JJ’s Restaurant, Country Club Plaza

At about 6:00 p.m., February 19, I heard an explosion at my home by Loose Park.  The local news almost immediately began coverage of a gas explosion at 48th and Belleview at JJ’s Restaurant.  The explosion caused serious damage to the restaurant.  The resulting fire leveled JJ’s and caused damage to adjacent buildings.  The extent of the damage was not yet known.

The death of Megan Cramer and the injuries to others in the area was tragic. The fact that most had left the area due to warnings or the smell of gas is no comfort to those who suffered loss.

Terry and I visited the area last Sunday morning. The damage done to JJ’s, the salon next door and the building to the North of JJ’s is evident in these photographs.



Our hearts go out to those who were affected by the explosion. JJ’s has always been a favorite, and the people and atmosphere will be missed.

Yesterday, Perceus, the dog that fled the salon next to JJ’s as a result of the blast,was found.  He endured the blast as well as life “on the streets” through two significant snowstorms that paralyzed the city in late February.  After a visit to the vet he has been returned home.  It is good to have some happy news in the midst of the tragedy.



Benjamin Franklin is one of our nation’s most beloved and celebrated founder. Truly a leader of men, he was a diplomat to France, author of the original Poor Richard’s Almanack, authored portions of the Declaration of Independence and was a delegate to the Constitutional Convention. And that is just the beginning of his talents and accomplishments.

Noted for both his eloquent descriptions of life and government, he could be witty, pithy and wise.  This wonderful sculpture of Franklin, created by George Lundeen, [1] sits by Latte Land on the Country Club Plaza.  Feel free to sit with him for a while.  There is plenty of room on the bench.

                                                   Where liberty dwells, there is my country [2]

[1]George Lundeen sculpted this wonderful bronze statue of Benjamin Franklin.  It is a warm representation of Franklin, one of a series of similar sculptures, large and small.  Lundeen’s creations include national heroes, child athletes, newspaper boys, Native Americans and others are charming and seem to capture the spirit of our national character.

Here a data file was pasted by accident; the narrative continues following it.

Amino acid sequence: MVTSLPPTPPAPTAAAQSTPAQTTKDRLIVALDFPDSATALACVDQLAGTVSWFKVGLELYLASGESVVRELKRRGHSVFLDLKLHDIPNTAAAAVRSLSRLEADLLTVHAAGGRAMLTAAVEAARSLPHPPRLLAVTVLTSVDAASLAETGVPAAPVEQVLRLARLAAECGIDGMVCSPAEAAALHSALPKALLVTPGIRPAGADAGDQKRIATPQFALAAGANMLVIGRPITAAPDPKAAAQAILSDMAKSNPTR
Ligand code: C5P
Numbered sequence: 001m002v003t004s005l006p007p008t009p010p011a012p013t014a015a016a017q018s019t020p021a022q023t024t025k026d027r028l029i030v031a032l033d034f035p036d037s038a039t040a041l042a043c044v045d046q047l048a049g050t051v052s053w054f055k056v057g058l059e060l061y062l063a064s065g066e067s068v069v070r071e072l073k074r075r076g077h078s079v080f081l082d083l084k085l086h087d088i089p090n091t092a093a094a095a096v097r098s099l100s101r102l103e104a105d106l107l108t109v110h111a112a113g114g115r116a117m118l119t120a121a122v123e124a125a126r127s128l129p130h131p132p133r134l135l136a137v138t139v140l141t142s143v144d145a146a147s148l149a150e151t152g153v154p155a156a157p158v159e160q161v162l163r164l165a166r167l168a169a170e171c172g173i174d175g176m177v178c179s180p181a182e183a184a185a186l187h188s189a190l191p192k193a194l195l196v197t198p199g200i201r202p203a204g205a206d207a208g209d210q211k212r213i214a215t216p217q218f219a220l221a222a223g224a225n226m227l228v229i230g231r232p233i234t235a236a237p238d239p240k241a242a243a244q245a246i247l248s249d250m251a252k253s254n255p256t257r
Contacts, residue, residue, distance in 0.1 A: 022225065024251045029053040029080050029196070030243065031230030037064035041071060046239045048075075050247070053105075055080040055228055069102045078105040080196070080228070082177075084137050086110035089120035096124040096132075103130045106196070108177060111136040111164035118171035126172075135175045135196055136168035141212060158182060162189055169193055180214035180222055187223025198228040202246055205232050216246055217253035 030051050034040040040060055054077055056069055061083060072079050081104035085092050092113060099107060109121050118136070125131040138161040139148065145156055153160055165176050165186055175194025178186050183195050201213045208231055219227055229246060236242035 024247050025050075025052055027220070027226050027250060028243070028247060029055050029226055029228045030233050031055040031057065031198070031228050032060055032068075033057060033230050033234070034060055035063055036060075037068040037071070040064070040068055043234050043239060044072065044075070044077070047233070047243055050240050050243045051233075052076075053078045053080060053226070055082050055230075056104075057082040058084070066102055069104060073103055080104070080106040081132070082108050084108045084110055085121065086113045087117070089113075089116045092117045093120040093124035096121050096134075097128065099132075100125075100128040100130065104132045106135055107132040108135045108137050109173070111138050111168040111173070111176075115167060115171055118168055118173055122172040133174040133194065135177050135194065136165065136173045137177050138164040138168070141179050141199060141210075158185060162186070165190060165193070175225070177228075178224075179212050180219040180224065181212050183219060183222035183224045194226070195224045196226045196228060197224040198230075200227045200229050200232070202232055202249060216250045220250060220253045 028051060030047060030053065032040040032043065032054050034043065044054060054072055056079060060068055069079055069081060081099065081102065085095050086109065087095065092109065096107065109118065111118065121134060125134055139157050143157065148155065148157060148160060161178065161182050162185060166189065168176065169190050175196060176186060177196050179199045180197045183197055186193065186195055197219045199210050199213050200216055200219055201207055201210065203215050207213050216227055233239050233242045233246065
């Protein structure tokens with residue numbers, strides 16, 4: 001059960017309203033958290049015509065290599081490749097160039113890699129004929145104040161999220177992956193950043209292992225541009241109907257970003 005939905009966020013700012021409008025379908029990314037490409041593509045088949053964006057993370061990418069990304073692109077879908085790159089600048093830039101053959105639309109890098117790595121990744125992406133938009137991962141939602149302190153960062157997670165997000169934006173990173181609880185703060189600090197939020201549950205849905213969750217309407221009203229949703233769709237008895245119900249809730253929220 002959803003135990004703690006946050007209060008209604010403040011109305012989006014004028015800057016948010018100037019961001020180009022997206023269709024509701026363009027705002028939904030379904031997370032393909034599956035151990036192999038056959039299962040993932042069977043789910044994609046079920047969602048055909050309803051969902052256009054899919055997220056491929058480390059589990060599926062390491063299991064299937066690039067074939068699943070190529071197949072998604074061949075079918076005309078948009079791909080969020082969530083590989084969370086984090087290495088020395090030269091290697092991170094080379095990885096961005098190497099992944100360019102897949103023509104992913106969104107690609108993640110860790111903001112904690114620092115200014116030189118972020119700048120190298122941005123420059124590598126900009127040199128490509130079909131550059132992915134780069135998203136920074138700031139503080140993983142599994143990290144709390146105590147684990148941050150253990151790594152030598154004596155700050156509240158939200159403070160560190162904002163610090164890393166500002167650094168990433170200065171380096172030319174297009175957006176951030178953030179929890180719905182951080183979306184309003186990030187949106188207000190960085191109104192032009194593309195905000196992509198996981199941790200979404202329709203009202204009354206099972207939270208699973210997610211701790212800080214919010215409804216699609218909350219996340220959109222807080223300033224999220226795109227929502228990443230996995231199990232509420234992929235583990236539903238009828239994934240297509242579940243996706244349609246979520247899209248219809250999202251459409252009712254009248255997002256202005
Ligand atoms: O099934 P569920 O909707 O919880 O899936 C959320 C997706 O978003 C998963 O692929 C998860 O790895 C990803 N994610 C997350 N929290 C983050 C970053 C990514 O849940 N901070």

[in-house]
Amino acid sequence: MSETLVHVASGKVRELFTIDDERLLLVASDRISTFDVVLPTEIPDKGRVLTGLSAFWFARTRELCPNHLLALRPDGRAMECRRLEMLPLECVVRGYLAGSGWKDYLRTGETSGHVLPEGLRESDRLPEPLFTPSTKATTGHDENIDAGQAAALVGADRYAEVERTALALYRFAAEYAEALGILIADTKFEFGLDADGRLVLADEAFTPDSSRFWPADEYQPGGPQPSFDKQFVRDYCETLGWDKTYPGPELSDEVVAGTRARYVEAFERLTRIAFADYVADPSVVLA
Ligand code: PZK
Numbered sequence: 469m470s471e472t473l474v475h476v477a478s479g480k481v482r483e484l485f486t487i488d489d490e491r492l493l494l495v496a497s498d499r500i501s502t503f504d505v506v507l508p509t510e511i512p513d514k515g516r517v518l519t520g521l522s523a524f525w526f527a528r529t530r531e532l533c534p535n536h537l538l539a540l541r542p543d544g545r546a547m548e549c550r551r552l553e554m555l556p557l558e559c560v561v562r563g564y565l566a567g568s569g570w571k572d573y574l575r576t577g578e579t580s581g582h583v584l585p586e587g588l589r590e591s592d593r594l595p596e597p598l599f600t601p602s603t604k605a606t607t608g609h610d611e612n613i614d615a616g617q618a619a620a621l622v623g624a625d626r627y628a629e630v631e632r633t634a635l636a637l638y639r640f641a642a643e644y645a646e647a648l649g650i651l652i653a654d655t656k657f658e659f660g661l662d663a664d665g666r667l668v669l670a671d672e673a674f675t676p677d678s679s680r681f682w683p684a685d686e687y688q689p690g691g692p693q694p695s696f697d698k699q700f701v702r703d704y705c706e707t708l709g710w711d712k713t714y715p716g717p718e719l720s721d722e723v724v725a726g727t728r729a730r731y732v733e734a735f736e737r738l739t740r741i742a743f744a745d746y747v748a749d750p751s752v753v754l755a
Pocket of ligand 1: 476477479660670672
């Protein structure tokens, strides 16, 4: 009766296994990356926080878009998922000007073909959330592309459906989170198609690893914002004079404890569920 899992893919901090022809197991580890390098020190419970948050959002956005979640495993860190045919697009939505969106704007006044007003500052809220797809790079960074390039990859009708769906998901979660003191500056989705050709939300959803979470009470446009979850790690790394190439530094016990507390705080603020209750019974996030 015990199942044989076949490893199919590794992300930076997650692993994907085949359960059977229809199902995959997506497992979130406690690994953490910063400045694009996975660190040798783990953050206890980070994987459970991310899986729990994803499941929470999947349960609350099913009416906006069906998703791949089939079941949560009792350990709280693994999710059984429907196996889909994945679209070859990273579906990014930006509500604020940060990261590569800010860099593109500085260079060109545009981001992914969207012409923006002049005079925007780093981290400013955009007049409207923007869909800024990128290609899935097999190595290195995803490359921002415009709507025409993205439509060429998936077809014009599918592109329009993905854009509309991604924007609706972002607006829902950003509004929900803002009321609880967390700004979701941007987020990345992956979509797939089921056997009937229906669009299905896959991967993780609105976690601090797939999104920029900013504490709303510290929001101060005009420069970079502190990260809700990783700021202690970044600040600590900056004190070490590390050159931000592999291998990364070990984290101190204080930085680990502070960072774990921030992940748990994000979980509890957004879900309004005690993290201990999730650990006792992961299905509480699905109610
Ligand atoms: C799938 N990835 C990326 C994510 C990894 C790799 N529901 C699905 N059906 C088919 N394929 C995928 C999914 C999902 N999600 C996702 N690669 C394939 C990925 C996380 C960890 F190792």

[2] Widely attributed to Benjamin Franklin

Meg and Jake are Back in Town

Nothing warms my heart more than Meg’s presence in my town, my house, and my car. Hanging out, talking about life, work, and the challenges of both, are the basis of solid bonds.  Despite the sudden cooling of the weather around me, my heart overflows with the warmth of Meg’s presence.

Meg and Jake were in town for a brief visit in the midst of their frantic lives.  Visiting Kansas City for a wedding they made full use of the weekend with visits with family, friends and elderly relatives (no, I don’t mean Terry and me).  They kept a schedule almost as busy as if they were working back in California.  Much of the weekend was fun, but it was fun with a purpose. Because of that, the luxury of lunch on the Country Club Plaza was our special time, just the two of us enjoying a gorgeous afternoon. We shopped for clothing to spiff up her wardrobe, focused on outfits that she can transition from office to work related social events to casual weekend outings.  Our friend, Martha Jane, now works at this great little shop we learned might have clothes for Meg’s needs.  Her expertise made this a fun and successful adventure. But no, the glittery gold dress was not among our purchases. Friday we attended a wedding of Meg’s friend from UMKC Law School.  While scheduled for the Rose Garden at Loose Park, the weather, particularly the remnants of Hurricane Issac, had other plans.  It rained all day, forcing the wedding inside.  Californo’s, in Westport, efficiently transitioned the reception area to a wedding venue and back to a reception hall in record time.  The bride looked great, we had a fun evening and our parks and gardens got much needed moisture. Friday was a record day for “views” on our blog.  We didn’t understand it until Jake explained that he used our blog as the equivalent of an old-fashioned scrapbook, showing his family photographs from their travels and California adventures.

Ultimately it was time for their return to Petaluma.  I will miss them, but it is a happy sadness, knowing that their lives, and ours, are rich and full of adventure.

A carriage ride

What can be more fun for adults and children on a warm summer evening than an open air carriage ride.  Shaped much like Cinderella’s carriage, this carriage is a popular entertainment for tourists visiting the Plaza throughout the year.  But it is a ride made for summer evenings.

The horses may be somewhat past their prime, but they are docile and patient and decked out with braided manes.

Just another beautiful experience for tourists to Kansas City.